The administration’s technique of incorporating “jobs saved” into its accounting is being met with increased skepticism — and is unlikely to resonate if unemployment lines run long.

“I think his biggest vulnerability right now is that unemployment is going to exceed 10 percent and be there for some time,” said House Minority Whip Eric Cantor (R-Va.). “The stimulus bill was meant to sustain and create new jobs. And it hasn’t done it.”

What’s coming up next is a “midterm” congressional election in 2010. Therefore, in my mind, it is meaningful to inspect what exactly is meant by the term “coming back.” You can’t honestly produce an answer to the question “Do Republicans have a chance?” without first performing this inspection.

First of all, there is the objective of roaring back into power with the full mandate Republicans had in 1994 after the electorate had what our news anchors told us was a “temper tantrum.”

Secondly, there is the decidedly different objective of stepping up to the podium of the loyal opposition, performing a simple day-to-day sanity check on The Holy Man’s expen$ive policies.

It is faulty thinking to conflate these two objectives into one, pronounce a lukewarm milquetoast verdict of “Eh, they got a shot but I wouldn’t count on it,” and walk away. You have to keep these separate. You HAVE to, because the first of those two options is a restoration of trust following a betrayal and those are never quick. It’s like the man-of-the-house moving back in after his wife has made the decision to take him back for the sake of the children. Even if it does happen, nobody’s going to be feeling entirely good about it. Especially if daddy was “taken back” after having sexual escapades with his secretary, moving in with her, doing some lines of coke, taking a European vacation with her and her parents, knocking her up, wallpapering her new nursery room, and sending the credit card bill for it all back home. Trust is violated in a heartbeat, and never fully restored even years later. Not really.

The second of those two — well good heavens. How on earth is it going to seem like a great idea to pass this up by the autumn of ’10? We’re still going to want to be a kinda-sorta-dictatorship in fifteen months because Obama is still so wonderful? Folks, it isn’t shaping up that way now. Of course all eyes are on President Obama; back when He was about to be inaugurated, all eyes were on Him back then too. But it’s different. Back then people were watching Him the way disciples want to watch the religious figure who leads them. Oh look at me, I actually touched His robe! I’ll never wash this hand again as long as I live!

Nowadays, people watch Him the way sailors watch a canon ball rolling around on the deck of their sloop. What the hell is He going to do next??

See, that’s a trust issue too. People are watching Him because He’s dangerous and they don’t know what He’s going to do. They don’t trust him. They’re starting to yearn for the checks-and-balances that are supposed to be in place right now, but aren’t really working.

It’s a funny thing about opposition congresses. People are never willing to admit, on a large scale, that they like this idea. But it is clearly what the Founding Fathers intended, and American history, even recent history, is chock full of occasions on which the electorate figured out this idea was necessary, and acted to put such a congress in place. Government marching in lockstep just oh-so-sure about what to do next — it seems like a great thing to the weak-minded. It isn’t so great when you’re living out your own real life under it. That’s when people wake up; that’s when they start to get it.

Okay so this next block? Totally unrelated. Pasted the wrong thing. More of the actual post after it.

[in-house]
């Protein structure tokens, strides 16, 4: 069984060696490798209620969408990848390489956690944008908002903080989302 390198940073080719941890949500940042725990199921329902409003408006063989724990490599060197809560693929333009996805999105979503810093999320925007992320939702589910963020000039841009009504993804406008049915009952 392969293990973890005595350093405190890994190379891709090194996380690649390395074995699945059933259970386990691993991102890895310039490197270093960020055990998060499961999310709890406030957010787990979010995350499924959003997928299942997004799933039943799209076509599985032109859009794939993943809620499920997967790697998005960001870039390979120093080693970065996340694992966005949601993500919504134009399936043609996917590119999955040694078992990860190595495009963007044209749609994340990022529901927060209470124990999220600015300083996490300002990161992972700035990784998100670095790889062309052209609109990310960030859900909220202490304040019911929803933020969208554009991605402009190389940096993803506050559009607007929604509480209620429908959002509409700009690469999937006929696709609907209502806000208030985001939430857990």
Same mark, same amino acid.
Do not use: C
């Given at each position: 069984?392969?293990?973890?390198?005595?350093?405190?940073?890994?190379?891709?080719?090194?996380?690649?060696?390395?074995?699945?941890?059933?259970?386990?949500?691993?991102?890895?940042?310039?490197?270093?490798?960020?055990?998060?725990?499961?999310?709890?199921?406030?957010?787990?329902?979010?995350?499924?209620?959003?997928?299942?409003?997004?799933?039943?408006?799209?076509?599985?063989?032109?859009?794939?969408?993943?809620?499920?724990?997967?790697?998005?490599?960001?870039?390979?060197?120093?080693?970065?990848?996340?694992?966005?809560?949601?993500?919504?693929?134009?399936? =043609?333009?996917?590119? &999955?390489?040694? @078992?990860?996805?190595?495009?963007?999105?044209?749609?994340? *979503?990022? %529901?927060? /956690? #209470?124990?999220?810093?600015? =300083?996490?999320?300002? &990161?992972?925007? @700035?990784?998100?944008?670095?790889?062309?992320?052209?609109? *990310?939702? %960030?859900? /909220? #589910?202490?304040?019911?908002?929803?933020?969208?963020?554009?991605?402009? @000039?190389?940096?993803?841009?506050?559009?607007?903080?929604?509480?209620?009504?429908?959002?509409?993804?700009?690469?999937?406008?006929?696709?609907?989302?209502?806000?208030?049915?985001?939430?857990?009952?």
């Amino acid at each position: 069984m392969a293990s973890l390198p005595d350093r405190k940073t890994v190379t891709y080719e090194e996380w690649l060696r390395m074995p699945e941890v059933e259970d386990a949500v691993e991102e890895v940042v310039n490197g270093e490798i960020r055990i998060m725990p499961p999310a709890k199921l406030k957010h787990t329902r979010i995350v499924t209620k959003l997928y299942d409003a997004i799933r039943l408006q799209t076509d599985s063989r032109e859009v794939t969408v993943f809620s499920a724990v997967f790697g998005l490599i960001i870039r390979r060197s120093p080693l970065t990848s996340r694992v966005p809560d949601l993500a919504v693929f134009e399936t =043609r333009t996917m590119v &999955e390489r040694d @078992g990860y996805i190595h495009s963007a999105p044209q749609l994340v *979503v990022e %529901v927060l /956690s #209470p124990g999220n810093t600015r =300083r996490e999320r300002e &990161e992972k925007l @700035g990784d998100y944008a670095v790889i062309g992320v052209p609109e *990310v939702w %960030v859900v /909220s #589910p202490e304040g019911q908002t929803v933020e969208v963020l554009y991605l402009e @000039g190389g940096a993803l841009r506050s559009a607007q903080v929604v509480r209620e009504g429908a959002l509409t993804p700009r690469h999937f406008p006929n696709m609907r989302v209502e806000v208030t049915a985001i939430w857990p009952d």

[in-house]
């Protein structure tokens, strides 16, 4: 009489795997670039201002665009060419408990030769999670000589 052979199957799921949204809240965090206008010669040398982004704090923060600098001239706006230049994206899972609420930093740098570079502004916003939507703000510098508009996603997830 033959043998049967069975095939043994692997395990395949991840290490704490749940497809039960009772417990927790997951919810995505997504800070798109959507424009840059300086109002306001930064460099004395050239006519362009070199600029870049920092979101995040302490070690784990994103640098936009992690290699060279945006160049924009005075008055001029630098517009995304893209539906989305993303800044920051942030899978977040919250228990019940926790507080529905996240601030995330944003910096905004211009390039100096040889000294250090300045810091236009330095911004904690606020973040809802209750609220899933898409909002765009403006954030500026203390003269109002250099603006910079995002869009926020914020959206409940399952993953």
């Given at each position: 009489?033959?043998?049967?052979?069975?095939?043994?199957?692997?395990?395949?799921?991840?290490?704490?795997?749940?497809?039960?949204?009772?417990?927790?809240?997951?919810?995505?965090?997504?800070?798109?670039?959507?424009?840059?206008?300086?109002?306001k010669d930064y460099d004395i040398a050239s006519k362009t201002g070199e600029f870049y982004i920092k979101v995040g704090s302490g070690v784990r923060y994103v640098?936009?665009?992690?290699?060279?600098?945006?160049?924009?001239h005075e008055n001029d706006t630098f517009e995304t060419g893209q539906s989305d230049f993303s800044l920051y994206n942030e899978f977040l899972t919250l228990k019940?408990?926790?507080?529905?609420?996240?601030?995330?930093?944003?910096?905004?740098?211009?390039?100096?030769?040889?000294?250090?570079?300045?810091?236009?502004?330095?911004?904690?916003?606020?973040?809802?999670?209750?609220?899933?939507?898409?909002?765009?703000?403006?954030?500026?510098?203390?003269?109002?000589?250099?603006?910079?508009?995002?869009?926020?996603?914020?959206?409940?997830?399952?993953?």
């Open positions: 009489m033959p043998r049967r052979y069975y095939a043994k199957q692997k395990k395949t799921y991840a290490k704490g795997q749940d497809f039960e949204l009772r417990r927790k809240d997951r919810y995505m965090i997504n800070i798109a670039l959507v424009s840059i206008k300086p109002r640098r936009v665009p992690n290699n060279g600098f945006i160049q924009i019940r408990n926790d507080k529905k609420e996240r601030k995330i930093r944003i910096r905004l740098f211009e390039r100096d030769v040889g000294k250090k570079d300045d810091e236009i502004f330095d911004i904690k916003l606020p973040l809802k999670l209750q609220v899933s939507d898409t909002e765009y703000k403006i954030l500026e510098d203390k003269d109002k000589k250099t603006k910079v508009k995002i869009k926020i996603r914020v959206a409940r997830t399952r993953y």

Best Sentence LXII

Wednesday, May 27th, 2009

The sixty-second Best Sentence I’ve Heard Or Read Lately (BSIHORL) award had to be split. Both awards go to FrankJ at IMAO. And both of the best-sentences have to do with former Joint Chiefs Chairman and Secretary of State Colin Powell, and this tear he’s been on lately…you know the one…conservative opinions bad, Powell opinions about conservative opinions good:

Powell can give advice to the GOP, but he should be humble enough to realize he’s basically a pedophile giving advice on child rearing.

What is Powell’s message? “The GOP needs moderates even squishier than McCain to succeed!”


My Two Questions About the Feud

Monday, May 25th, 2009

Or rather, to be precise about it, this story about the feud. And all the other stories about the feud.

In the latest round of the increasingly heated intra-GOP feud, former Secretary of State Colin Powell Sunday defended his Republican credentials and fired back at radio host Rush Limbaugh and former Vice President Dick Cheney, saying the party had to expand beyond its conservative base.

“Rush will not get his wish and Mr. Cheney was misinformed – I am still a Republican,” Powell said in a much-anticipated interview on CBS’s “Face the Nation” two weeks after Cheney suggested on the same show that the retired general had left the party by endorsing Barack Obama last fall.
Powell suggested that there were a number of moderates in the party who shared his concerns but were hesitant to speak out “because if you are vocal you’re going to get your voice mail filled up and get lots of e-mails like I did.”

One such Republican did seem to take Powell’s side of the fight today, as Former Homeland Security Secretary and Pennsylvania Gov. Tom Ridge also joined in the criticism of Limbaugh Sunday.

“I think Rush articulates his point of view in ways that offend very many,” Ridge said on CNN’s “State of the Union.”

First question: How many times in this story, can you find, in which a reference is made to how many people find a thought appealing…how many people find a thought revolting…how many people are accepted…how many people are excluded.